Single nucleotide polymorphism genotyping
We chose three single nucleotide polymorphism (SNPs; -550 in the promoter, +4 in the upstream region, and Gly54Asp in the coding region), which had previously exhibited an association with low MBL levels . Genotyping was performed by PCR and sequencing, as previously described . Haplotype analysis (A/B at codon 54, H/L at -550, and P/Q at +4) was performed to characterize the combined effects of the polymorphisms .
The polymorphism of -550 in the promoter was amplified by PCR in a 302 bp fragment: forward primer 5'-TTGCCAGTGGTTTTTGACTC-3' and reverse primer 5'-GTATCTGGGCAGCTGATTCC-3'. The two polymorphisms of +4 in the upstream region and Gly54Asp were amplified by PCR in a 386 bp fragment: forward primer 5'-AGTCACGCAGTGTCACAAGG-3' and reverse primer 5'-AGAACAGCCCAACACGTACC-3'.
Quantification of MBL by double antibody sandwich ELISA
The serum MBL level was measured using a sandwich ELISA (MBL-ELISA; Dobeel, Gyeonggi, Korea) according to a previously established protocol .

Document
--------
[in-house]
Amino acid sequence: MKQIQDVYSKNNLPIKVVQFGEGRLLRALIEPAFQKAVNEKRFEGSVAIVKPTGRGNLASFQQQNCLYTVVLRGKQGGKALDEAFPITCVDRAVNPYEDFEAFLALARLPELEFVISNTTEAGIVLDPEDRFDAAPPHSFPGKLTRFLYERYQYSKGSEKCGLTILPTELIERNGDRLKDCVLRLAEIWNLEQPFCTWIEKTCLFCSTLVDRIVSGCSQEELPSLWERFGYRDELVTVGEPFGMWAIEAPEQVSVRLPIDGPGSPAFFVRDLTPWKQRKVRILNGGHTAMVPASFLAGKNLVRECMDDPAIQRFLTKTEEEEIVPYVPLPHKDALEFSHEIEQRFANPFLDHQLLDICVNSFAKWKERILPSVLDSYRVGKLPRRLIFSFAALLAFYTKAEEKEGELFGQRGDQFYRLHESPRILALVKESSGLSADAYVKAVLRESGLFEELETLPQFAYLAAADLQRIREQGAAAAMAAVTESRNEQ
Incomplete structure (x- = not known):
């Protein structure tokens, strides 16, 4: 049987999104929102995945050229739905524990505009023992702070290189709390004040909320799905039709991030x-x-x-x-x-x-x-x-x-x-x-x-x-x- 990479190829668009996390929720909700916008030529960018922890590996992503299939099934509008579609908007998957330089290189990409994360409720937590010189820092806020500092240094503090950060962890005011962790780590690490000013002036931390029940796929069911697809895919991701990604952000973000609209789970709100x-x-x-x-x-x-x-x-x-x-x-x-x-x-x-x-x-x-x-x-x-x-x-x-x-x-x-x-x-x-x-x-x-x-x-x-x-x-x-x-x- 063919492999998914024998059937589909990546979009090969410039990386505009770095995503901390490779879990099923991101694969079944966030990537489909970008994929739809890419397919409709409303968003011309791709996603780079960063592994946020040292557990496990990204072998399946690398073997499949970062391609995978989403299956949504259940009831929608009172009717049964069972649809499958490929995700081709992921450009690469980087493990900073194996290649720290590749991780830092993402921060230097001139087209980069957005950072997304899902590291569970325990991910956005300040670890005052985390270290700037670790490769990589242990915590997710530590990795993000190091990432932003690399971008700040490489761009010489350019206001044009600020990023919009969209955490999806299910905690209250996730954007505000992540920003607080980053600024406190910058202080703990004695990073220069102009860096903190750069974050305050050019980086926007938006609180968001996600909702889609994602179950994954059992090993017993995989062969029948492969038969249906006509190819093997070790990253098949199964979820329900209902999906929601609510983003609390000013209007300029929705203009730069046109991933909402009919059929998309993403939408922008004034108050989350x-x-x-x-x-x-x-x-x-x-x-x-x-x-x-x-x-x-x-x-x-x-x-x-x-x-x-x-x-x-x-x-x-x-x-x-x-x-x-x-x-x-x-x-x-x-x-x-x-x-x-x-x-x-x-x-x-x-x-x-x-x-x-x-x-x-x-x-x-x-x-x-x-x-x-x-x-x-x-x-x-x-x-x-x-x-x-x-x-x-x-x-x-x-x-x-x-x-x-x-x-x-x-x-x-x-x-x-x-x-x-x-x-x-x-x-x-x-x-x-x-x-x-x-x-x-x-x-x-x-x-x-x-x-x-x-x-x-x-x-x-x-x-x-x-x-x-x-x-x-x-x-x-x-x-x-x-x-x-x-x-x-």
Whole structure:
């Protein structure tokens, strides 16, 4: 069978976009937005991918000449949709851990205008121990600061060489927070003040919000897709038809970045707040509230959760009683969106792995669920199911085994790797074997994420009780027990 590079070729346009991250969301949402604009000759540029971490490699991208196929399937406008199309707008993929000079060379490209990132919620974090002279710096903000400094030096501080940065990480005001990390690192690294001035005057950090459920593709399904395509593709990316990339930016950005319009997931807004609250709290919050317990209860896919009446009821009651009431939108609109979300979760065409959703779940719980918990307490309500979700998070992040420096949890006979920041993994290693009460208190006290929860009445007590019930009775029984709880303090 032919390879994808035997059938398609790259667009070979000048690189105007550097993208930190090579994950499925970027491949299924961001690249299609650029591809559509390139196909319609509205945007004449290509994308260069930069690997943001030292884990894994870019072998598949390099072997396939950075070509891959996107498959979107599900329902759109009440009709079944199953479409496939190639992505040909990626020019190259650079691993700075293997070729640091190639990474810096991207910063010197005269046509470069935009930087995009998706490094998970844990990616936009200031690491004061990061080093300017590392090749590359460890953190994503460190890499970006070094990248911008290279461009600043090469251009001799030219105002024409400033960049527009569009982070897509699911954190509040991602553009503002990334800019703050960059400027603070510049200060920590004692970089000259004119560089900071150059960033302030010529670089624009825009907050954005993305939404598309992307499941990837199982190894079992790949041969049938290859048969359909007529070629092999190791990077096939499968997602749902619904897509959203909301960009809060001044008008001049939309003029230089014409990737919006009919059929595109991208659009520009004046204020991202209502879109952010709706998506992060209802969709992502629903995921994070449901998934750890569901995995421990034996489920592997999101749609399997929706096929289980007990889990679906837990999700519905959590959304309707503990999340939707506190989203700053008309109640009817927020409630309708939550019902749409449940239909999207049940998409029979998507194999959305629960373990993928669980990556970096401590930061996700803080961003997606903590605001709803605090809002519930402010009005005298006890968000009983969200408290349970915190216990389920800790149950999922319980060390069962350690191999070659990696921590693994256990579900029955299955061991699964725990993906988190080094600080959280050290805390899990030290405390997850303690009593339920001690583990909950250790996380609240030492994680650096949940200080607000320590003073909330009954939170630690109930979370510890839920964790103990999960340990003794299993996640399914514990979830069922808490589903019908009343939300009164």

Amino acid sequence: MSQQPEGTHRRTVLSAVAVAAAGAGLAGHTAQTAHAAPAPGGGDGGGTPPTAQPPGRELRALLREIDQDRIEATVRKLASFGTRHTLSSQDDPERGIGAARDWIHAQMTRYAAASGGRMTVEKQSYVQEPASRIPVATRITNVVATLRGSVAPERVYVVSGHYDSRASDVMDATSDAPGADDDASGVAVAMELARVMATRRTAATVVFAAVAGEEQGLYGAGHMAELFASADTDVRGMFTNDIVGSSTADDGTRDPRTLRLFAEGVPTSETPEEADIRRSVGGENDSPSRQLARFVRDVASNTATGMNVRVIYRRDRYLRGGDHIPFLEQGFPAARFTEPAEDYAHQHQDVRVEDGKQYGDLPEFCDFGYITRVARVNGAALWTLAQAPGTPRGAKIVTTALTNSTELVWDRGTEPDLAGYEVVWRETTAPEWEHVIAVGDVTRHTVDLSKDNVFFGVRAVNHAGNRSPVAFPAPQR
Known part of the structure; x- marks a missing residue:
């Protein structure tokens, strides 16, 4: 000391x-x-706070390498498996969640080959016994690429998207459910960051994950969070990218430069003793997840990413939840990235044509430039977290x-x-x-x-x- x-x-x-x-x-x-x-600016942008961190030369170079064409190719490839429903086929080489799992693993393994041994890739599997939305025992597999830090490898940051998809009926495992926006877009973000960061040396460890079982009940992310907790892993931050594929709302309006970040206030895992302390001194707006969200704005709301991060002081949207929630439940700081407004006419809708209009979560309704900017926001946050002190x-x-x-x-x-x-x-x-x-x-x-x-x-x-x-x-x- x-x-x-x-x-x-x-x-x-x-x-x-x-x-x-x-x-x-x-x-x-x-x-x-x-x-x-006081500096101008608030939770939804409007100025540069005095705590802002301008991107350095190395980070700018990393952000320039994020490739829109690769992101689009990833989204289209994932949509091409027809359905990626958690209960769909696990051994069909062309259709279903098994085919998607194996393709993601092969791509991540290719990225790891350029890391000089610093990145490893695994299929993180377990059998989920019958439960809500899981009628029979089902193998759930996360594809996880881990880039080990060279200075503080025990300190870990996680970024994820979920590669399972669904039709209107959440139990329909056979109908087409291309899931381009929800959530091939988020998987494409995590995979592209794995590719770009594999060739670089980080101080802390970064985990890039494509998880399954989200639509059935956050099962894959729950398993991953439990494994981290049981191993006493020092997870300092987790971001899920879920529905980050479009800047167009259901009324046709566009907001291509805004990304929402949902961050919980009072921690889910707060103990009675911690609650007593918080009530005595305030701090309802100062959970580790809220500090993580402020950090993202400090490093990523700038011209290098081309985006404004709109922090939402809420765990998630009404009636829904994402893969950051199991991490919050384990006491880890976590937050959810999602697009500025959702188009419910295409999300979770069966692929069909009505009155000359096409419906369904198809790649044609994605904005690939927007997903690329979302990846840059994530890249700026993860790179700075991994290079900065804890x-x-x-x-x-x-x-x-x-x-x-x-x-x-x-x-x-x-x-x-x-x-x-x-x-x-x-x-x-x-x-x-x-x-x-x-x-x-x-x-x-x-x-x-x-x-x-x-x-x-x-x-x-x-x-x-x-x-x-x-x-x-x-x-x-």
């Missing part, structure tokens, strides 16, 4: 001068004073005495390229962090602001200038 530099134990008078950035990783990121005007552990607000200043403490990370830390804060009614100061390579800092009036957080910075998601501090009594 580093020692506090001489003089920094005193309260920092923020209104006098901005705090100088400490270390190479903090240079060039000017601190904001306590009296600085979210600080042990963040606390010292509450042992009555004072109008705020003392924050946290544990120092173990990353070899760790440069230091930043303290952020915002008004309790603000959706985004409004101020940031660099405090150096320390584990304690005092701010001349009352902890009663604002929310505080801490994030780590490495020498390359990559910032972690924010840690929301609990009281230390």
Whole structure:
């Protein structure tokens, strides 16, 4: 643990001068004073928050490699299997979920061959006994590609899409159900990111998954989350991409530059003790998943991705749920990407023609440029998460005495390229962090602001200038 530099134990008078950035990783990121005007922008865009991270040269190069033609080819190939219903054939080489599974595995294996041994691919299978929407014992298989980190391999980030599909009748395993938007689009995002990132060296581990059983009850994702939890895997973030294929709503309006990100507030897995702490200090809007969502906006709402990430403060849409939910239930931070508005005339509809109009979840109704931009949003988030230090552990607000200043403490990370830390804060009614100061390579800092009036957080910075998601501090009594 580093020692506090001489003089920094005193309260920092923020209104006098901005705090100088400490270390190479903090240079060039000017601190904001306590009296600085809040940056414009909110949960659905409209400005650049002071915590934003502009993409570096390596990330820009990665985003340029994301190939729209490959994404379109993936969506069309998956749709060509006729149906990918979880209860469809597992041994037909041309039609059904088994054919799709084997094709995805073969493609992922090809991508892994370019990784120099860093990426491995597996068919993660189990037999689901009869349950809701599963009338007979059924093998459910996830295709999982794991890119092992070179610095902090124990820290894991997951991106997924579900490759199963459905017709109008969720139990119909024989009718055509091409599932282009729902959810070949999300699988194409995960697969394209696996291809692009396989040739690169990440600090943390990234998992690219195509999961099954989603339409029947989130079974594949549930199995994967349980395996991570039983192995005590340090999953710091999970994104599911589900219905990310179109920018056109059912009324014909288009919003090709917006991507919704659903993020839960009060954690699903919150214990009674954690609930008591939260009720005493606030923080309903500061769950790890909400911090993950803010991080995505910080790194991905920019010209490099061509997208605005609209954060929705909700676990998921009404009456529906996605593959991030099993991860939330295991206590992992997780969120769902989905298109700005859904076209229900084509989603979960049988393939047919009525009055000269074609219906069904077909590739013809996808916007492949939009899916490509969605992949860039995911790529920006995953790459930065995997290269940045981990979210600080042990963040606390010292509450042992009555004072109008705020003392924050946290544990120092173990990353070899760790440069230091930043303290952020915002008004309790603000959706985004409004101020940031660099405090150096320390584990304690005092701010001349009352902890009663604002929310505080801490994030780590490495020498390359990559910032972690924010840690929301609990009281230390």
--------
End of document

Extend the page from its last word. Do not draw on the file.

The descriptive results of the continuous variables were expressed as medians with an interquartile range (IQR). All categorical data were compared using chi-squared analysis or a Fisher's exact test. Continuous data were compared using the Kruskal-Wallis or Mann-Whitney U tests. A receiver operating characteristic (ROC) curve was used to evaluate the cut-off values for the MBL level. A multiple stepwise logistic regression model was used to evaluate the prognostic value of the MBL level. The genotype frequencies were checked for consistency among cases and controls separately with those expected from the Hardy-Weinberg equilibrium [see Additional data file 2] using commercial software (SNP Alyze v 5.0; Dynacom, Yokohama, Japan). The association between cases and controls were examined by comparing allele and genotype frequencies in different groups of subjects using a chi-squared test. Allelic frequencies were compared between cases and controls using logistic regression to calculate age, gender-adjusted odds ratios (OR), and 95% confidence intervals (CI). Logistic regression analysis was also conducted to examine any significant association between polymorphism and disease phenotype (disease site and behavior). The pairwise linkage disequilibrium (LD) values, D', R2, and P values corresponding to chi-squared tests were calculated using the SNP Alyze software package (SNP Alyze v 5.0; Dynacom, Yokohama, Japan). The same software was used to estimate haplotypes and their frequencies. SNP Alyze software uses an expectation-maximization algorithm that determines the maximum-likelihood frequencies of multi-locus haplotypes in diploid populations. To examine differences in individual haplotype frequency and overall haplotype profiles between cases and controls, a permutation test was performed using the SNP Alyze software. In addition, P values were calculated by chi-squared statistics derived from simple two by two tables based on the frequency of each haplotype versus all others combined between cases and controls.